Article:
4. joy says:

    Glad you are starting to feel better! I so appreciate you being responsible. My mom is currently in rehab in a nursing home, and I have to admit I am terrified of her getting coronavirus and not making it through. It is so hurtful to see people reacting to this as “no big deal” when it’s not their loved one whose life could be on the line. We are all in this together, and we need to act accordingly. Thank you for leading by example.

    March 12, 2020/Reply
  5. Mary says:

    I am glad you are on the mend! Thank you for posting your story! I am in my 30s and look healthy but I live with someone whose immune system is, shall we say, not entirely up to snuff. I am so tired of people being like, oh, it’s not a big deal, you don’t have to take so many precautions, just becuase I haven’t told them the medical history of my entire family. Also, I myself am unenthused about getting ill, beyond the family threat. Sigh, sorry for the rant.

    March 12, 2020/Reply
    • Belle says:

      I agree. Kyle was giving me a little of the “calm down face” last week, then I got sick. Then, everything went to shit yesterday. Oh, now, we’re on the same page.

      March 12, 2020/Reply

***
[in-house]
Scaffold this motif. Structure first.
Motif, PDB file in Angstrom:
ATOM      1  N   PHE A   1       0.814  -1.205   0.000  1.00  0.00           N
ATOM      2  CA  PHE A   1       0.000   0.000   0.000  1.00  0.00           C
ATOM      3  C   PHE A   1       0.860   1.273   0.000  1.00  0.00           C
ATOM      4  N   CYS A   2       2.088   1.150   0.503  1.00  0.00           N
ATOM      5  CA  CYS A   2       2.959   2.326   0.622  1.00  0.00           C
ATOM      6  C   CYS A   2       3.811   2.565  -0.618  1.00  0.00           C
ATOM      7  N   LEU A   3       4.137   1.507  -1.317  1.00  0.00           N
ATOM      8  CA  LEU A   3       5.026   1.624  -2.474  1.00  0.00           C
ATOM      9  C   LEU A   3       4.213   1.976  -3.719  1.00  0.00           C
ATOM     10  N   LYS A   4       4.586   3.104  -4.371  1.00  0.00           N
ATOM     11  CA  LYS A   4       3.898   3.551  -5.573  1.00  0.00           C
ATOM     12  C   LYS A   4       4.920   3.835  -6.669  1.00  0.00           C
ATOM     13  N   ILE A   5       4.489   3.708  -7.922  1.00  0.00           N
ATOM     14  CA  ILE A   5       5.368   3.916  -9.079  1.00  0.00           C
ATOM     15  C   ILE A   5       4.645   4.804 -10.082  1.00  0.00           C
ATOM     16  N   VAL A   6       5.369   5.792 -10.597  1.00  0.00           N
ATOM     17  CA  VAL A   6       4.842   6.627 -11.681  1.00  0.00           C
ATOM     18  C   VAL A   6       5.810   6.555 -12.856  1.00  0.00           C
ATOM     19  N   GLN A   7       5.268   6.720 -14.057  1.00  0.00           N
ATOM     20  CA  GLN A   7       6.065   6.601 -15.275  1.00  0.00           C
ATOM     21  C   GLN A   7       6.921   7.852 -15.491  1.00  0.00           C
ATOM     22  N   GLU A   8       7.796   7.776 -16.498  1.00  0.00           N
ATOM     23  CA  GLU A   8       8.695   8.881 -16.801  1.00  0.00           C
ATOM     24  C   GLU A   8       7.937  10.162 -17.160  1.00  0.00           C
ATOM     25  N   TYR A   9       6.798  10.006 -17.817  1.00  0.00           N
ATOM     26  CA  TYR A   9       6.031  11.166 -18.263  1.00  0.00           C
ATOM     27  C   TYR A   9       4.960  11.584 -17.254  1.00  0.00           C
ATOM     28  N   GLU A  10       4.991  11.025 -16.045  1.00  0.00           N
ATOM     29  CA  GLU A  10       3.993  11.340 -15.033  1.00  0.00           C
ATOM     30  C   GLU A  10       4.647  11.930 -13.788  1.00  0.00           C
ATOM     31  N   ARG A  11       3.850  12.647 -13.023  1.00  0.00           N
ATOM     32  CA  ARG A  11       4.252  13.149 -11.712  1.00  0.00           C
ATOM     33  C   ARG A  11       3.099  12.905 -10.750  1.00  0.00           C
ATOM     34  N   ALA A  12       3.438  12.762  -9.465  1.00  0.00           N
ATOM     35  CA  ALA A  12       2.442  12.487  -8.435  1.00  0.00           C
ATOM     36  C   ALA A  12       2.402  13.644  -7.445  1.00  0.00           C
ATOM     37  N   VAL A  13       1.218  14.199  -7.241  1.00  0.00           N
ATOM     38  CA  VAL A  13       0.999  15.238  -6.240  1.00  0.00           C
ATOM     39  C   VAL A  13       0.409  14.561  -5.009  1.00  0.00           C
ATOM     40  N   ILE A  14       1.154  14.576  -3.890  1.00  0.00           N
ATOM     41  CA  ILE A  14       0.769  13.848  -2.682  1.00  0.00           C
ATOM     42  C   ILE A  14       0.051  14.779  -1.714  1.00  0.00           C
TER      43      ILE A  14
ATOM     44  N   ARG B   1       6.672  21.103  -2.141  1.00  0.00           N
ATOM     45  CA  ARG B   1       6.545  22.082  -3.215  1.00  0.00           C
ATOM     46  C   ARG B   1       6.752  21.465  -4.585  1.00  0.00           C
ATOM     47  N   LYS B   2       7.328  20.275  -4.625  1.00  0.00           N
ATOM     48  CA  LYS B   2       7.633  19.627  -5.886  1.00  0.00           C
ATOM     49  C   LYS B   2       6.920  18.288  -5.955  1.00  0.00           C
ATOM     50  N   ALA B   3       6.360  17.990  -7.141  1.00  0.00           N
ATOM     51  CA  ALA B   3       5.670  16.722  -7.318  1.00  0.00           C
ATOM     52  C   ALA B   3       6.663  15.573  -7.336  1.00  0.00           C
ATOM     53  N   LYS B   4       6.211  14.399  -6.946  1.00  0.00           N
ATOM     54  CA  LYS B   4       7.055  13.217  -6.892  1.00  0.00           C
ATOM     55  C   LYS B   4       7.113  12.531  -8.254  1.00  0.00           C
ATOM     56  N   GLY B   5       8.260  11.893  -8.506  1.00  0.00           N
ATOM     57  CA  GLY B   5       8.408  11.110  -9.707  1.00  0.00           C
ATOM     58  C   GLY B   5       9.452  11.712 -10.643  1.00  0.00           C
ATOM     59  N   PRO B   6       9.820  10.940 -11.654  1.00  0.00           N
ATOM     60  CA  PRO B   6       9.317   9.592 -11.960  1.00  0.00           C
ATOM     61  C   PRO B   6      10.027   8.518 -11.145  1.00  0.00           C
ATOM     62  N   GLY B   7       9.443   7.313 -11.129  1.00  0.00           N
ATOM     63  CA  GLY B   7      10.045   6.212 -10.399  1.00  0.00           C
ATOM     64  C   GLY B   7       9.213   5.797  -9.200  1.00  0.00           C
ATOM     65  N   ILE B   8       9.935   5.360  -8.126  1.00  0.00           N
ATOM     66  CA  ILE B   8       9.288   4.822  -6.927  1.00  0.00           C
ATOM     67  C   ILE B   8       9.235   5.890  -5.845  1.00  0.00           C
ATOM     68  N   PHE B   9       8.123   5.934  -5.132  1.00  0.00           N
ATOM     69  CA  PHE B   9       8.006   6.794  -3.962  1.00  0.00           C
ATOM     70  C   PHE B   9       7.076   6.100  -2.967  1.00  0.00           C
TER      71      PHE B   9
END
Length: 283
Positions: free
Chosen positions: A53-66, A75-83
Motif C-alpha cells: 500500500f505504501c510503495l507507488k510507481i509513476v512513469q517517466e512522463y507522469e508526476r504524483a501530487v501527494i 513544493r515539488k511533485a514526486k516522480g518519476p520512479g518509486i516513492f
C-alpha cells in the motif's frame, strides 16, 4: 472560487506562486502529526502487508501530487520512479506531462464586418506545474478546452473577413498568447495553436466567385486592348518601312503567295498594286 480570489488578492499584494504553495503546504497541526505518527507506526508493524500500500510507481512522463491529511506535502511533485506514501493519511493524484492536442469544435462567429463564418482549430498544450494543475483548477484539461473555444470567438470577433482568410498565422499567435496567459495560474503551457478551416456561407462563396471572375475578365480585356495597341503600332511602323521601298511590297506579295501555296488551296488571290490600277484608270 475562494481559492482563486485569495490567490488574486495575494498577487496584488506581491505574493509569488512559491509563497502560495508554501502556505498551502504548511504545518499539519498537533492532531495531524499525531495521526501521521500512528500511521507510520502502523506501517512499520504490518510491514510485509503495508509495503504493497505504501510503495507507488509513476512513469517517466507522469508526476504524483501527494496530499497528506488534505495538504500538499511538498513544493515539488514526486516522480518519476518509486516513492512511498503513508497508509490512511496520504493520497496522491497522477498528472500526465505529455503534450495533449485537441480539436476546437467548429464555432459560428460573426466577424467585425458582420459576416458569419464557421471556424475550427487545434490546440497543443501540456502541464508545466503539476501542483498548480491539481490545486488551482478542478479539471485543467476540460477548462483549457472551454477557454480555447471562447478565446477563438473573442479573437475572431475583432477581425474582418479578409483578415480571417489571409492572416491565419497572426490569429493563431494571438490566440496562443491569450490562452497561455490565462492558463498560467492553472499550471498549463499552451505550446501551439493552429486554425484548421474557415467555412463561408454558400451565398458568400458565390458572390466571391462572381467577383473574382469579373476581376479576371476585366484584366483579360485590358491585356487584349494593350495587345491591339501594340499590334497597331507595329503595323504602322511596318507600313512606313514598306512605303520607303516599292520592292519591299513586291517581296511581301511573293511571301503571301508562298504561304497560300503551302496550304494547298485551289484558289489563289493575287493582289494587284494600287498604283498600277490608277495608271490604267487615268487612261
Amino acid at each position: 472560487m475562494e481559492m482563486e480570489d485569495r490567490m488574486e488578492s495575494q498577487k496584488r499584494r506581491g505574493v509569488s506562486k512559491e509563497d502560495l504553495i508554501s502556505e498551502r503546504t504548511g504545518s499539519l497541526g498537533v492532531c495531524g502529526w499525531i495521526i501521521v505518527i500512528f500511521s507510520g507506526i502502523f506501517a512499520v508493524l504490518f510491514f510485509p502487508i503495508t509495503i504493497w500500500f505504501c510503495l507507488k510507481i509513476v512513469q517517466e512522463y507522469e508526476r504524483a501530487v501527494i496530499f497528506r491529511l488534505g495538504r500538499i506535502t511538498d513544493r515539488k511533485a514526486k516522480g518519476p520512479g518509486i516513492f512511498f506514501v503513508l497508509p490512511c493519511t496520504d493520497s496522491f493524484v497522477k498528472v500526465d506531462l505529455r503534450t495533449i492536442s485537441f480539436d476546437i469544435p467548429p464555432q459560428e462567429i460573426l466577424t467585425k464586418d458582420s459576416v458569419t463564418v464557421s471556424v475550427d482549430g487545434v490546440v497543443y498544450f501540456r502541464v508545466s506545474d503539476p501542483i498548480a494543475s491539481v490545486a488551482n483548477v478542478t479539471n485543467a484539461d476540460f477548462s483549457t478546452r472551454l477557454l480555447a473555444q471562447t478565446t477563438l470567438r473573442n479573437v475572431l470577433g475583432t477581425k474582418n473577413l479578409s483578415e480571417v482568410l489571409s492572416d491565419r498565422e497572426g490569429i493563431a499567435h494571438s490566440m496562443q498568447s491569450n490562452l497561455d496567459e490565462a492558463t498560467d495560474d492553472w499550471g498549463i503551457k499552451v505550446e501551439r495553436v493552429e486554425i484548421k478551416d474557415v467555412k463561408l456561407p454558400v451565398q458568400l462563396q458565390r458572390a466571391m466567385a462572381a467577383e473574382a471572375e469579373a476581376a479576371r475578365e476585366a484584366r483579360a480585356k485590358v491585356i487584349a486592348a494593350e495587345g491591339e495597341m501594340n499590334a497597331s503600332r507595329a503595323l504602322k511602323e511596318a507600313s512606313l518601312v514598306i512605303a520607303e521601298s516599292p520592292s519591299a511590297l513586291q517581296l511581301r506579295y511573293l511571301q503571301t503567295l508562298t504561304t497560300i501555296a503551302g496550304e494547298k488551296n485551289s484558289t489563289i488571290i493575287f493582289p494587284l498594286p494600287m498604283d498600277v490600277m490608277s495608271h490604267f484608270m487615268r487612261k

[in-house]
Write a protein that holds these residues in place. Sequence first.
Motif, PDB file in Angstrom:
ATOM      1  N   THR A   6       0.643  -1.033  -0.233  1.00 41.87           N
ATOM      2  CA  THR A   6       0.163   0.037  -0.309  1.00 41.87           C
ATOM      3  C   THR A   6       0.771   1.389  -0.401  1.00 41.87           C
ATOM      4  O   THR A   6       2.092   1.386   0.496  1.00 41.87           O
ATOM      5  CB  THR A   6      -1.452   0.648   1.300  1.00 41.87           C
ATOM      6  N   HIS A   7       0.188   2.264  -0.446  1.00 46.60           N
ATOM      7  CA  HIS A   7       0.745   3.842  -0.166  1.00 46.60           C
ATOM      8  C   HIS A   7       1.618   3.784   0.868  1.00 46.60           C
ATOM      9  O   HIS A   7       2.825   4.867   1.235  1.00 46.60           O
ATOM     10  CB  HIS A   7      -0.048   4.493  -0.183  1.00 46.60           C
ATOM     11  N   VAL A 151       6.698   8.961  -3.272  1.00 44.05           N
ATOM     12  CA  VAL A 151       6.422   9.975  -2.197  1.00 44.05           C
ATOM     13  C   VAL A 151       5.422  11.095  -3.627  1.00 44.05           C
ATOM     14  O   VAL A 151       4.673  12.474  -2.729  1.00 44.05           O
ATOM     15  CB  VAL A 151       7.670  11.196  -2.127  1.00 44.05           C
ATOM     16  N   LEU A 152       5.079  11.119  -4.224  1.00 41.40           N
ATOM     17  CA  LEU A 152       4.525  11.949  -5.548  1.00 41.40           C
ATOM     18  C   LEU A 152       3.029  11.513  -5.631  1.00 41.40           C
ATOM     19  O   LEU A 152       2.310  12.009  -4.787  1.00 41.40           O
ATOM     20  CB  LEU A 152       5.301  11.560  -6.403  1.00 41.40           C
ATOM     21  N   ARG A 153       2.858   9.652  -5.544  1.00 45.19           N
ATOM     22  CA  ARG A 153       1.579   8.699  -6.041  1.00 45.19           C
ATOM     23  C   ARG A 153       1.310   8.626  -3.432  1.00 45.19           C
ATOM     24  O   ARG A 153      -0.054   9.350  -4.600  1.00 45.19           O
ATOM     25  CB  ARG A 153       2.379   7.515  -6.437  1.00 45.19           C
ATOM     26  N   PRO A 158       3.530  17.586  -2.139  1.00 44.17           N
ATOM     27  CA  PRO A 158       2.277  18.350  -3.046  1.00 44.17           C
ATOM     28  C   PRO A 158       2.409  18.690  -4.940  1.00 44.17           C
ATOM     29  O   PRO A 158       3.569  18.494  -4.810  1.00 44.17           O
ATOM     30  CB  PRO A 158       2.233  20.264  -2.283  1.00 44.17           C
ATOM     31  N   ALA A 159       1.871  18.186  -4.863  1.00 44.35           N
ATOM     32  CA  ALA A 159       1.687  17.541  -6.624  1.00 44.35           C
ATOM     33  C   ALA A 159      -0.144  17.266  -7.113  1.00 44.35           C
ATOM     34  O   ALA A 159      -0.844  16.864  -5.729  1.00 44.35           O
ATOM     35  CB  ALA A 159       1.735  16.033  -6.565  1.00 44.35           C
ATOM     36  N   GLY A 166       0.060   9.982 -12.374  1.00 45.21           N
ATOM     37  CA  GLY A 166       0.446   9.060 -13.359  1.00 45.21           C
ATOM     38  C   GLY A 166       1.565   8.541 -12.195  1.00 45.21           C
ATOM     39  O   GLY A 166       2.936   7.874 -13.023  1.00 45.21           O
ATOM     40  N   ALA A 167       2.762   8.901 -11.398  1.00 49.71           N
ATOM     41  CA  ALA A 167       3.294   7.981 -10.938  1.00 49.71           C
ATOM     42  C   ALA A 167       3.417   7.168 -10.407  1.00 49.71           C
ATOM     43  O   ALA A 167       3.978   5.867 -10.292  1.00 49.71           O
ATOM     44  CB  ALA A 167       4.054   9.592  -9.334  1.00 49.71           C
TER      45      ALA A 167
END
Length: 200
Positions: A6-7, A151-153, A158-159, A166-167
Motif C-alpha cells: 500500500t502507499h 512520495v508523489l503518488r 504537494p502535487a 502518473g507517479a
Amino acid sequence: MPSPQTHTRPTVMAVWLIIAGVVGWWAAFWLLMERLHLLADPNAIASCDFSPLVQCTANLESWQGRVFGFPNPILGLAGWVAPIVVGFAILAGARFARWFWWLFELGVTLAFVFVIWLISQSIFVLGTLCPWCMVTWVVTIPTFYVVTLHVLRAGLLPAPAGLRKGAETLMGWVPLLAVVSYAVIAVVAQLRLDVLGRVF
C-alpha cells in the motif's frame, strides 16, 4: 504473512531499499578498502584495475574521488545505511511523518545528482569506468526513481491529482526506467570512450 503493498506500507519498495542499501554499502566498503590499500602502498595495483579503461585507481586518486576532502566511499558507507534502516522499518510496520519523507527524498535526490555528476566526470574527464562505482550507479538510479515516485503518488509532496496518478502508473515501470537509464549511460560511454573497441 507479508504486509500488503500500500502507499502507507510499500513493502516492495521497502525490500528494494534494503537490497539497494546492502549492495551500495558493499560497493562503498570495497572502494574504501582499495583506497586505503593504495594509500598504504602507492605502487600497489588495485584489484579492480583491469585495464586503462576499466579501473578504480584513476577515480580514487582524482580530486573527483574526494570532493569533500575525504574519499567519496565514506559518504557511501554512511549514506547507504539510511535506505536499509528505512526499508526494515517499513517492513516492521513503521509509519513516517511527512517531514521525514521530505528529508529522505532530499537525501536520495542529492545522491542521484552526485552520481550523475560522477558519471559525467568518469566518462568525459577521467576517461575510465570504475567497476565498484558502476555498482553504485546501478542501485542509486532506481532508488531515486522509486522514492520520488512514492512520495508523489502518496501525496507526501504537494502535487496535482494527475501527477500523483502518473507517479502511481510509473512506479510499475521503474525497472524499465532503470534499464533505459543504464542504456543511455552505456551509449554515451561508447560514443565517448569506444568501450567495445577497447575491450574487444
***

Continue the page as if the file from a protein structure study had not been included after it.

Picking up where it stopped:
• Sarah says:

        I actually got the swine flu back a decade ago. I was never so sick. This makes this feel a lot more real to me also.

        March 12, 2020/Reply
        • Belle says:

          Same. I had it in 2009. Couldn’t breathe well for weeks. Would run out of breath when having a regular conversation and find myself gasping for air.

          March 12, 2020/Reply
  6. kelly says:

    Just put a hold on Devil in the White City. I’m searching out books to read on vacation next month…even if with all that’s going on I’m not quite sure I’ll be going on vacation next month.

    March 12, 2020/Reply
  7. Staci says:

    Years ago, when SARS was a thing. I got really sick. I went to the doctor with a cough and fever. I was working front desk at a hotel, exposed to international travelers.i had not traveled myself and there were no reported cases in the state.

    The doctor told me I had to report to the ER. They were expecting me. If I did not go, they would send the police to my house. I went to the ER and was tested. Turns out I didn’t have SARS.

    We knew covid-19 was coming. There’s no excuse to not be able to test everyone who needs it here when South Korea has drive through testing. It’s irresponsible.

    My boss attends state EPI meetings. He told us last week that there were 80 test kits available in our state, for the whole state. We would not be getting any more until we had a positive case. Of course we aren’t getting cases when we aren’t testing people.